Wednesday, 25 January 2017

Pride and Prejudice and Zombies (2016)

Sisters doing it for themselves. As I'm sure the film would have said in the dialogue if it had the guts.

Director: Burr Steers
Cast: Lily James (Elizabeth Bennet), Sam Riley (Fitzwilliam Darcy), Jack Huston (Wickham), Bella Heathcote (Jane Bennet), Douglas Booth (Mr. Bingley), Matt Smith (Mr. Collins), Charles Dance (Mr. Bennet), Lena Headey (Lady Catherine de Bourgh), Sally Phillips (Mrs. Bennet), Aisling Loftus (Charlotte Lucas)



Back in the 1990s, Harry Enfield and Chums did a sketch in which The Terminator (played by Martin Clunes) arrives in early 20th-century England, and spends a weekend at a country house searching for his victim. His violent antics are met with po-faced, stiff upper lip responses from the Upper Crust members of the household and uncomplaining reserve from the servants. It’s very funny. It sticks in the mind. It brilliantly mashes up costume drama with sci-fi drama. It’s five minutes long.

This film is effectively the same gag but stretched far beyond any possible welcome to an agonising 104 minutes, in which the same comic beat is repeated over and over again. “Oh look! Those posh girls/blokes in frocks are discussing tea and table arrangements! And now they are slaughtering a herd of zombies! While continuing the conversation! What larks!” 

Pride and Prejudice and Zombies was the poster child of a mercifully short-lived literary novelty: classic novels rewritten with genre elements. This trend also saw sea monsters inserted into Sense and Sensibility and hard-core sex scenes inserted into Jane Eyre (the worst of all, as the author had the cheek to suggest that Bronte would of course have got those scenes in if she could). It was a best-seller, but only in the sense that it was the ultimate ‘I-don’t-know-what-to-get-you-for-Christmas’ gag gift. But years after the moment had passed, the movie adaptation lumbered towards the big screen.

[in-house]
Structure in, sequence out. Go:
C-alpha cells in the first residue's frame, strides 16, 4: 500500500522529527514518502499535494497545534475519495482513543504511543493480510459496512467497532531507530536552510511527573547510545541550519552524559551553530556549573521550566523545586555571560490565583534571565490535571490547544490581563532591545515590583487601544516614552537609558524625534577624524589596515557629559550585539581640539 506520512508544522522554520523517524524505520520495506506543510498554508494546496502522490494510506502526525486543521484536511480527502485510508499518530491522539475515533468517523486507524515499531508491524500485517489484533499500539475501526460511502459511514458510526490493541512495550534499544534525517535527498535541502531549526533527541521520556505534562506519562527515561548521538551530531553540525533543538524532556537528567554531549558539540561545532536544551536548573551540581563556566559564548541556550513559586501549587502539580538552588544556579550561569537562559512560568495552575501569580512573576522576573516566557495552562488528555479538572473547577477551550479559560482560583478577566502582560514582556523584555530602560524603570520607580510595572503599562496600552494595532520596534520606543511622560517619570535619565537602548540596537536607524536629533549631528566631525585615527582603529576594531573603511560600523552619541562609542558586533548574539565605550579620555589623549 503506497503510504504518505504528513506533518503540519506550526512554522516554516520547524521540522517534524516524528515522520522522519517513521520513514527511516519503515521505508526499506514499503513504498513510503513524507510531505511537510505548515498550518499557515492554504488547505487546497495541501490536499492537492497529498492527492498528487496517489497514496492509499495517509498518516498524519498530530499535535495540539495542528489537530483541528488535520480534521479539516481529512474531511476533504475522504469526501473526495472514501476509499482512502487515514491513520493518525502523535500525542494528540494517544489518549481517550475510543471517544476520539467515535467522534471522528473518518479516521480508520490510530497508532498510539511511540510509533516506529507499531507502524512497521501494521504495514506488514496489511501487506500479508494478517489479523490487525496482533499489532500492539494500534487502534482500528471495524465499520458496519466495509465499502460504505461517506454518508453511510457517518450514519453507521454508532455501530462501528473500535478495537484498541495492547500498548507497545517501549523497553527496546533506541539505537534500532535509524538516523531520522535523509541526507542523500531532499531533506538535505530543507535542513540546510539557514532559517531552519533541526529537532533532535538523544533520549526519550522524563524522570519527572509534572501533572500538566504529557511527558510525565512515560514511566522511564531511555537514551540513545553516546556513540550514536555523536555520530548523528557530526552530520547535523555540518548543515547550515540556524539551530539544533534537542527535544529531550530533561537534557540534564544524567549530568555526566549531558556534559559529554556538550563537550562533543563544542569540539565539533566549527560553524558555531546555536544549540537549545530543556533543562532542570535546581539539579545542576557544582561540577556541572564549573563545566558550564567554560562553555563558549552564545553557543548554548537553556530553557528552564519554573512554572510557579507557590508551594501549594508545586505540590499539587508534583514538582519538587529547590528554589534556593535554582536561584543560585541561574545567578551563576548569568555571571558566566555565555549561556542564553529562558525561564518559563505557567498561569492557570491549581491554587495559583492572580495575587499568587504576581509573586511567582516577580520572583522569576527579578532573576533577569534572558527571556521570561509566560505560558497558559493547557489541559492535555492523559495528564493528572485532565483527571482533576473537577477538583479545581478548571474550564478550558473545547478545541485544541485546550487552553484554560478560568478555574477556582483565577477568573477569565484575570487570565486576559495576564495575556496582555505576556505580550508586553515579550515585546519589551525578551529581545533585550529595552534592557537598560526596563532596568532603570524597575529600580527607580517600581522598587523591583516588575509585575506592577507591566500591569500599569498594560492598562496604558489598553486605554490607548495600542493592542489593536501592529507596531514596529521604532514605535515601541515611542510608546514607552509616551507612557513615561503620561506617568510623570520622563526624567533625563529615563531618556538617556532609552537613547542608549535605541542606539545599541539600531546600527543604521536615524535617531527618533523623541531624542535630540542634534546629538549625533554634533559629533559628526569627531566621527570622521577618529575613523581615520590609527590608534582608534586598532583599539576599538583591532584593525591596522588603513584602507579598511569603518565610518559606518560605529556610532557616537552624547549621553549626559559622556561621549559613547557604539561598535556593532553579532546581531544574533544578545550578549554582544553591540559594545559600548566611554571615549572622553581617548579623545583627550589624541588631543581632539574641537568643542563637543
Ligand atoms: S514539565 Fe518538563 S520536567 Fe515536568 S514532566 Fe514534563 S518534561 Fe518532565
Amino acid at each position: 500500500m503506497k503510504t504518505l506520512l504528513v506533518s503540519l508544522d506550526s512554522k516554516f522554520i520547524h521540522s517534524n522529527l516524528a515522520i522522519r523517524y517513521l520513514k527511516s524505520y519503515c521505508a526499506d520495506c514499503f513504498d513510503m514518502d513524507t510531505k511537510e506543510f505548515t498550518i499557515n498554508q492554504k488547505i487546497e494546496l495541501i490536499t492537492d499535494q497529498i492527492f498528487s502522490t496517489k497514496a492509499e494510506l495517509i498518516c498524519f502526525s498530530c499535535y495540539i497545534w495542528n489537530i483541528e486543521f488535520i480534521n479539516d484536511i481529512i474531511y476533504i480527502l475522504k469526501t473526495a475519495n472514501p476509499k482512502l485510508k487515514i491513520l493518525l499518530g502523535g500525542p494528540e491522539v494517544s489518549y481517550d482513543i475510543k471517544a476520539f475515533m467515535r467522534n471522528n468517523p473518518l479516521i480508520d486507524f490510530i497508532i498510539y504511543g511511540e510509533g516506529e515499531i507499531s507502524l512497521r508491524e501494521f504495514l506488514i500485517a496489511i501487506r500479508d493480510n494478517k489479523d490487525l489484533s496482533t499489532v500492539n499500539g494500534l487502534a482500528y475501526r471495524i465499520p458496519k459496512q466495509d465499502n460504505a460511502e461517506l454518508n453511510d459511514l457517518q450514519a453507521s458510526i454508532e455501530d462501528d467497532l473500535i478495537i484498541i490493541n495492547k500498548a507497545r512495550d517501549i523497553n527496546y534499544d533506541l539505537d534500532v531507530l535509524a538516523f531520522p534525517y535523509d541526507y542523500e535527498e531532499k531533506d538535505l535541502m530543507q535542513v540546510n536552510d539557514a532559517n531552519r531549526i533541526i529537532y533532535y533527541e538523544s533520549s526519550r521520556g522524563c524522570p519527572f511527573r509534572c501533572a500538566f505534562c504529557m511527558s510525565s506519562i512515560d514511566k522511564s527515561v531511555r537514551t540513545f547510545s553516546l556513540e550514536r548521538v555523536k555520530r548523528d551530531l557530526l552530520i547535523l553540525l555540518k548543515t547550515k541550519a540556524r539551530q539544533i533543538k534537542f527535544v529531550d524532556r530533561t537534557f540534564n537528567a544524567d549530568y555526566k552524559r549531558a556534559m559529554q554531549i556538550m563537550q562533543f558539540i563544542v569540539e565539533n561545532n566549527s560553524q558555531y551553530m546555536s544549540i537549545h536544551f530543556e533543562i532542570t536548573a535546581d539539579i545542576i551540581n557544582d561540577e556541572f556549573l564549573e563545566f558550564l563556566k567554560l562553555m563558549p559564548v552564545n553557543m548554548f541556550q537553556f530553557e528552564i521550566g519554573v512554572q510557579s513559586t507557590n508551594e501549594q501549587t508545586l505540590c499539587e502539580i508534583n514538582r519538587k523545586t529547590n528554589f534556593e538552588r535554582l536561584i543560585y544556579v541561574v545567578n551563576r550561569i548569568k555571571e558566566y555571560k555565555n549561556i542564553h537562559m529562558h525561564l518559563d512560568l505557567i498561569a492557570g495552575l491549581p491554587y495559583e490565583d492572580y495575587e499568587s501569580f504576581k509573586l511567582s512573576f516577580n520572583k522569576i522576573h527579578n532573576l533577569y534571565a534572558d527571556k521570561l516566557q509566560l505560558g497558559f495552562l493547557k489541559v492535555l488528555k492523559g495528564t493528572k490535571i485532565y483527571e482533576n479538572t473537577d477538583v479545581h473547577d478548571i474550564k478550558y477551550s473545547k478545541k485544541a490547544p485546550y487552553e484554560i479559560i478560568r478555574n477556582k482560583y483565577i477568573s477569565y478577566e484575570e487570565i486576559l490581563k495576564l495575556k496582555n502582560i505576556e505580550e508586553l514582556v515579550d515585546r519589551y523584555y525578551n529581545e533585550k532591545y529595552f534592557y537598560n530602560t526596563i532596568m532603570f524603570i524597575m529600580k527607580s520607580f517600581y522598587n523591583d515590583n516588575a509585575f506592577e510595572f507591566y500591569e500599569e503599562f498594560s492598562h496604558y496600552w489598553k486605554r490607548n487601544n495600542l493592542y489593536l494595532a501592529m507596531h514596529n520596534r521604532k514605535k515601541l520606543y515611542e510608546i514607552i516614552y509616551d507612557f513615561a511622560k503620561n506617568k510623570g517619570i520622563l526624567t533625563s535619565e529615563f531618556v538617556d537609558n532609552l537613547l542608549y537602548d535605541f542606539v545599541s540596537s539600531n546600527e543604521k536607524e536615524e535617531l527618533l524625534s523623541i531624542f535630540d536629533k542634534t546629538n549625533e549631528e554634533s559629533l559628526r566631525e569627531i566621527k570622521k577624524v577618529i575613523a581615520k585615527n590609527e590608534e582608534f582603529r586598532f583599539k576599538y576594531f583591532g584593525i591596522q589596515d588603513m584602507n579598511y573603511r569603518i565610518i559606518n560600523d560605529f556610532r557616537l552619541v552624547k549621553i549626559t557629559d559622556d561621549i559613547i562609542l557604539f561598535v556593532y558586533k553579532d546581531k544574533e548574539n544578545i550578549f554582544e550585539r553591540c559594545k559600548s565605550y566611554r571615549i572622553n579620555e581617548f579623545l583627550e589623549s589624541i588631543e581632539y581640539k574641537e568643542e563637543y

Morbid curiosity made me watch it (over several nights on Netflix, I hasten to add) and it’s exactly what it appears to be: a student sketch that is worthy of maybe a slight smile for the first few minutes, but then totally collapses the longer it goes on. Now I like Jane Austen films and I like zombie films but still I didn’t like this. Firstly it’s a terrible zombie film – the action moments are poorly shot and hard to follow, the action dull and the “laws” around the zombies in the movie are inconsistent (some zombies are super killers, others are lumbering brainless beasts). Secondly, all that Zombie stuff makes it a pretty bad Austen film. Worst of both worlds.

The Austen bits are (unsurprisingly) by far the best bits. There is a good cast here: Lily James and Matt Smith in particular would be very well cast in a proper adaptation. Anything interesting comes largely from Austen (the characters, the emotions, the bulk of the watchable stuff in the first half) anything dull from the source material (the zombies, the action, the final 30 minutes). The idea of society being fundamentally unchanged by a zombie invasion makes no sense at all (would money still be the driving factor in a world destroyed by the undead?). Much of the fighting involving the female characters has a slightly uncomfortable leering sexuality about it (“Look at those hot chicks pull knives from their undergarments! Phrroooaaahhh!!!!”) as well as being far too over choreographed. 

Zombies is a pointless film of a forgotten fad. It’s one of the worst zombie films ever made. It wastes our chance to see some of these actors give decent performances in a proper adaptation. Pleasingly, it bombed catastrophically at the box office, probably because it appeals to no one: the zombie action isn’t anywhere good enough to interest the genre fan, the Austen fan is more likely to bung on their Firth/Ehle DVD than check this mess out. None of them are missing anything. Zombies isn’t the must-see abomination it needed to be to have any shelf life – it’s a blatant attempt to rake some more cash from a horse flogged to death. If you want to get a sense of it, save yourself 135 minutes and watch that Harry Enfield sketch instead. I guarantee you’ll laugh a heck of a lot more.

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